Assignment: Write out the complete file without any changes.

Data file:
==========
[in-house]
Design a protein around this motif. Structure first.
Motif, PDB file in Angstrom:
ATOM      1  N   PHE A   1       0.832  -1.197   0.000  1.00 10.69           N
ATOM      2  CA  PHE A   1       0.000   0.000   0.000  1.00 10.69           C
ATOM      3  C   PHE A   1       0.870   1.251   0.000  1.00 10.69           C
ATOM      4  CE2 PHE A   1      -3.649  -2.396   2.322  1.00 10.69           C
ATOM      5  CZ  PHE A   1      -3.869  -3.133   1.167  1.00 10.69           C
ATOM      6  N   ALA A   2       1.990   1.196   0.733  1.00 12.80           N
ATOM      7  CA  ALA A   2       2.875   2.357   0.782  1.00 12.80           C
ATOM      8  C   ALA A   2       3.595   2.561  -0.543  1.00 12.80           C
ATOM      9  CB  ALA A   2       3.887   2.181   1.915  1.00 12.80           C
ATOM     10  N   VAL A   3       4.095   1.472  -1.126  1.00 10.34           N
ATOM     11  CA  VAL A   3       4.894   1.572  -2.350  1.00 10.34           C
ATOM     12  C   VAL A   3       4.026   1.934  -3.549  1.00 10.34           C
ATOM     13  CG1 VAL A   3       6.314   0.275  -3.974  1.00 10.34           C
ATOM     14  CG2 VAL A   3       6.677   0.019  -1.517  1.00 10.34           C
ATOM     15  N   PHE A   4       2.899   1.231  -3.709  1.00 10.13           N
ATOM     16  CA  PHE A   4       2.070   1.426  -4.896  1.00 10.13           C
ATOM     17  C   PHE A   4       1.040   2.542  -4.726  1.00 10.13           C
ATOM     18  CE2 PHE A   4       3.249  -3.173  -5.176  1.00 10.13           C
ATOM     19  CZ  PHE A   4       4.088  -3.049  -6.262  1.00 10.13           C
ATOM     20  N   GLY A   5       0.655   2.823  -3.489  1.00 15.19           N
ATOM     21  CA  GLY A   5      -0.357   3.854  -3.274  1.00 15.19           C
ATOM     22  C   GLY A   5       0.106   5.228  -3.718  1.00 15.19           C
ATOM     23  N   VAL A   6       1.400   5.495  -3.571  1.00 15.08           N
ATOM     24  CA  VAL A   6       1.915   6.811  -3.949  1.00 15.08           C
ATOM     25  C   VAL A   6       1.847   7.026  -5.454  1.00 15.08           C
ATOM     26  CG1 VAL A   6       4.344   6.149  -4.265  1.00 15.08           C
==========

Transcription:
[in-house]
Design a protein around this motif. Structure first.
Motif, PDB file in Angstrom:
ATOM      1  N   PHE A   1       0.832  -1.197   0.000  1.00 10.69           N
ATOM      2  CA  PHE A   1       0.000   0.000   0.000  1.00 10.69           C
ATOM      3  C   PHE A   1       0.870   1.251   0.000  1.00 10.69           C
ATOM      4  CE2 PHE A   1      -3.649  -2.396   2.322  1.00 10.69           C
ATOM      5  CZ  PHE A   1      -3.869  -3.133   1.167  1.00 10.69           C
ATOM      6  N   ALA A   2       1.990   1.196   0.733  1.00 12.80           N
ATOM      7  CA  ALA A   2       2.875   2.357   0.782  1.00 12.80           C
ATOM      8  C   ALA A   2       3.595   2.561  -0.543  1.00 12.80           C
ATOM      9  CB  ALA A   2       3.887   2.181   1.915  1.00 12.80           C
ATOM     10  N   VAL A   3       4.095   1.472  -1.126  1.00 10.34           N
ATOM     11  CA  VAL A   3       4.894   1.572  -2.350  1.00 10.34           C
ATOM     12  C   VAL A   3       4.026   1.934  -3.549  1.00 10.34           C
ATOM     13  CG1 VAL A   3       6.314   0.275  -3.974  1.00 10.34           C
ATOM     14  CG2 VAL A   3       6.677   0.019  -1.517  1.00 10.34           C
ATOM     15  N   PHE A   4       2.899   1.231  -3.709  1.00 10.13           N
ATOM     16  CA  PHE A   4       2.070   1.426  -4.896  1.00 10.13           C
ATOM     17  C   PHE A   4       1.040   2.542  -4.726  1.00 10.13           C
ATOM     18  CE2 PHE A   4       3.249  -3.173  -5.176  1.00 10.13           C
ATOM     19  CZ  PHE A   4       4.088  -3.049  -6.262  1.00 10.13           C
ATOM     20  N   GLY A   5       0.655   2.823  -3.489  1.00 15.19           N
ATOM     21  CA  GLY A   5      -0.357   3.854  -3.274  1.00 15.19           C
ATOM     22  C   GLY A   5       0.106   5.228  -3.718  1.00 15.19           C
ATOM     23  N   VAL A   6       1.400   5.495  -3.571  1.00 15.08           N
ATOM     24  CA  VAL A   6       1.915   6.811  -3.949  1.00 15.08           C
ATOM     25  C   VAL A   6       1.847   7.026  -5.454  1.00 15.08           C
ATOM     26  CG1 VAL A   6       4.344   6.149  -4.265  1.00 15.08           C